"Education and understanding are key" | #TeamBartsHealth blogs

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"Education and understanding are key"

This South Asian Heritage Month, we spoke to Waltham Forest councillor Shabana Qadir, a participant and patient representative in the Genes & Health study. She shared her experience of being involved and why she hopes other Bangladesh and Pakistani people will take part.

“Everyone has a different reason for getting involved in research. For me, it was my nephew, who was diagnosed with thalassemia major when he was really young. The condition affects people differently, and while a lot is known about it, we’re still learning how it impacts people in different ways.  

“I didn’t know anything about the condition before my nephew was diagnosed but when I researched it, I learned it’s quite common in South Asian communities. And that it’s often diagnosed in children born from a close-relative marriage, a common practice among South Asian communities.

“It was with this information in the back of my head that I agreed to take part in the Genes & Health study. I was in the council chambers one evening and spotted a stall promoting the study. I was immediately drawn to it. I hadn’t seen a research study just for people of Bangladeshi and Pakistani origin before. I signed up immediately and was one of the first people to give a DNA sample. It all went from there.

“I encourage people to get involved”

“Since donating, I’ve become more and more involved. I was part of workshop discussing the best way to tell people they have a genetic fault that might increase their risk of developing a condition like diabetes; I’ve joined the ethics board; and I’m a patient representative on the board for developing culturally competent genetic services. I learn so much but also feel like I’m giving back. I love it.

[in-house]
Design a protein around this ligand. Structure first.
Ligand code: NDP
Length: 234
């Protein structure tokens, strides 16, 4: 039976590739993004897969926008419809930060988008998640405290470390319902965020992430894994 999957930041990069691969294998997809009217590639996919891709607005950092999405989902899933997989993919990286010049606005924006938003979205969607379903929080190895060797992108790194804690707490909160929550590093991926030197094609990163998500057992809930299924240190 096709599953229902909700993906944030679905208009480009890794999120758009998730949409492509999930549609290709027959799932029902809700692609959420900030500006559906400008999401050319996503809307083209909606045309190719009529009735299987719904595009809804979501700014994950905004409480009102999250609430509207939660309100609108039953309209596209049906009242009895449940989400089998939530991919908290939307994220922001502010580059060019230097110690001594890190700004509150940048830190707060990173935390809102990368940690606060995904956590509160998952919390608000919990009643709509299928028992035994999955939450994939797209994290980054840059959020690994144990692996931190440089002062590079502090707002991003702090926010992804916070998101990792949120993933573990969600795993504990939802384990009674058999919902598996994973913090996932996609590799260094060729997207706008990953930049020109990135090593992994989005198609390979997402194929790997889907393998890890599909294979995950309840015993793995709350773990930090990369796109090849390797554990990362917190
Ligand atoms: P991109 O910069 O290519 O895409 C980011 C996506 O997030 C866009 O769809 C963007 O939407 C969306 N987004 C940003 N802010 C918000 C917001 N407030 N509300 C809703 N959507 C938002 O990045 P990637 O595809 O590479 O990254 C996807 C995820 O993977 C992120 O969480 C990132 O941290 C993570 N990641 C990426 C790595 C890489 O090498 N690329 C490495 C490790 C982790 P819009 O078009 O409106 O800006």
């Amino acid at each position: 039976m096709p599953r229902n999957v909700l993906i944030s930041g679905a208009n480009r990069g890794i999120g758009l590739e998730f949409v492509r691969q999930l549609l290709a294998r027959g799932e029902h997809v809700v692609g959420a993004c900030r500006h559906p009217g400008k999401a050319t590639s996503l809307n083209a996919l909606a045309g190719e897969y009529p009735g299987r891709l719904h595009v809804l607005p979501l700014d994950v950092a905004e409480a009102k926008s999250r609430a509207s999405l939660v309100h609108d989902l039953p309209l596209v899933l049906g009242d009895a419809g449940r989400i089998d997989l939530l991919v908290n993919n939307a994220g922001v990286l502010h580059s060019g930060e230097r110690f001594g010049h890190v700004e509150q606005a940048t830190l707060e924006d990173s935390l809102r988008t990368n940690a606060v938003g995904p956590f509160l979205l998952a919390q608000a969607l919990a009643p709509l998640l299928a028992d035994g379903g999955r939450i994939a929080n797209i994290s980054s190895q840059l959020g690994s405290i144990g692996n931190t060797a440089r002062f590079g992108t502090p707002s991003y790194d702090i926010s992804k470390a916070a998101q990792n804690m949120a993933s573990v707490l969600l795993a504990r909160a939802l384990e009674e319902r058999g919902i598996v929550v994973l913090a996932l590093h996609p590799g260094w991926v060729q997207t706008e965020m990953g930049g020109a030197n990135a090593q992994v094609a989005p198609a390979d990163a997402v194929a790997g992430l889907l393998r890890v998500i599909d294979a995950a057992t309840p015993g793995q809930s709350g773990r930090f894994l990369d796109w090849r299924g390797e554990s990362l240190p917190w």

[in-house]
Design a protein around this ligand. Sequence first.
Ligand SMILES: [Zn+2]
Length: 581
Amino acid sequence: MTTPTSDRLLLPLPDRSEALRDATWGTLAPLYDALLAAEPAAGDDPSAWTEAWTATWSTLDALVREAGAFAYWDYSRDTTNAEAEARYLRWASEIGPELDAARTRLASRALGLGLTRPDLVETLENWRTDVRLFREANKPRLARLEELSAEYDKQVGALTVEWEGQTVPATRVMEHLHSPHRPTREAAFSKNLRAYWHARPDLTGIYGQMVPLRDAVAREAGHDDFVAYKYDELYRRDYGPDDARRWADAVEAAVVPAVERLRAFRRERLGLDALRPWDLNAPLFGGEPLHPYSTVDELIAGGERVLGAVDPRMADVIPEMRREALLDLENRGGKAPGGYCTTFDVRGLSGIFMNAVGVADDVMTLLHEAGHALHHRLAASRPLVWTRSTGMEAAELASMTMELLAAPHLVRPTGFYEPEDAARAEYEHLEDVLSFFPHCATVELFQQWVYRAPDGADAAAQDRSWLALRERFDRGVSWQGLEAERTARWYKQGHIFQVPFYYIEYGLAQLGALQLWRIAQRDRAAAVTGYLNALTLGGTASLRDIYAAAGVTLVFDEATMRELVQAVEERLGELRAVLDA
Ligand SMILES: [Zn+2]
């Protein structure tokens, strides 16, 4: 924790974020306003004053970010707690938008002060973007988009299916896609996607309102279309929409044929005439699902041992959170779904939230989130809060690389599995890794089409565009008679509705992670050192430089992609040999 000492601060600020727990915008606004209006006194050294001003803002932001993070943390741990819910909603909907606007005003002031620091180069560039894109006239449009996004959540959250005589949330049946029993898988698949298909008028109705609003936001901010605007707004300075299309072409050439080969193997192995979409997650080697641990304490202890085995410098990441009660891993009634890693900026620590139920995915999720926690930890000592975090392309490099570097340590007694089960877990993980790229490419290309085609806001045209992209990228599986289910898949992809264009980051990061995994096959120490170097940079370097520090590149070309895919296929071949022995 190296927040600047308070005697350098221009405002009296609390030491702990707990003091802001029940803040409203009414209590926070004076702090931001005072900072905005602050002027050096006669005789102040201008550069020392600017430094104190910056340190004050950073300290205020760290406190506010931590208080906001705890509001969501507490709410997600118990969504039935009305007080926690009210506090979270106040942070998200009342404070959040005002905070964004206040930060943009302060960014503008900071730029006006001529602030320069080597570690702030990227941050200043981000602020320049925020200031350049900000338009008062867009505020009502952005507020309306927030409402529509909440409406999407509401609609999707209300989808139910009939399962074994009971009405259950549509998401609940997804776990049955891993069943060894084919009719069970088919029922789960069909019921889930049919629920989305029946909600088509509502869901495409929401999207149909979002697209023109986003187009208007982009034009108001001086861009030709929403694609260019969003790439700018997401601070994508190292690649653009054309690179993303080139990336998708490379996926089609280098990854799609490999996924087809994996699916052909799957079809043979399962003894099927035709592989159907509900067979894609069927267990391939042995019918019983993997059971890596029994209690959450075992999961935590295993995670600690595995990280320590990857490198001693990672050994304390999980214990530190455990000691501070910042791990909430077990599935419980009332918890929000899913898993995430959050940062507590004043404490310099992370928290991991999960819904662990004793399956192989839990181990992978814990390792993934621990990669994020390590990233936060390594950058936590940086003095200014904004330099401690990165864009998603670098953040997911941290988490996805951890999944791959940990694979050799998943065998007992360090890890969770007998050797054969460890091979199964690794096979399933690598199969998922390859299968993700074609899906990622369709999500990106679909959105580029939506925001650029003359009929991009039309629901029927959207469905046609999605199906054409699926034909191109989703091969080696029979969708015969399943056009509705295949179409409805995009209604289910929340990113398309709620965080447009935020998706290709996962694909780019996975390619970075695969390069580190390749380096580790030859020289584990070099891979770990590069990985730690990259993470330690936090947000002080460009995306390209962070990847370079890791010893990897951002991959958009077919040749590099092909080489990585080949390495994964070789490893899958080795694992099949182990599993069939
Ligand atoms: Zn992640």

“I get so involved because for me, education and understanding are key. We know that in some communities, certain conditions are more common than others. For example, there are high rates of mental health problems, diabetes and heart problems in Bangladeshi and Pakistani communities. This can happen for a few reasons, including the traditional practice of close-relative marriage.

“By getting involved in studies like Genes & Health, which tell us more about ourselves, we can make informed decisions and be better equipped to manage any health conditions we or our family members may develop. This information can also be used at a community level, to look for patterns or traits that can in turn, help find new ways to diagnose, prevent and treat different conditions.

“That’s why this South Asian Heritage Month I’m encouraging anyone who comes from a Bangladeshi or Pakistani origin to sign up and get involved in Genes & Health. You’ll be doing something good for yourself, your community and future generations.

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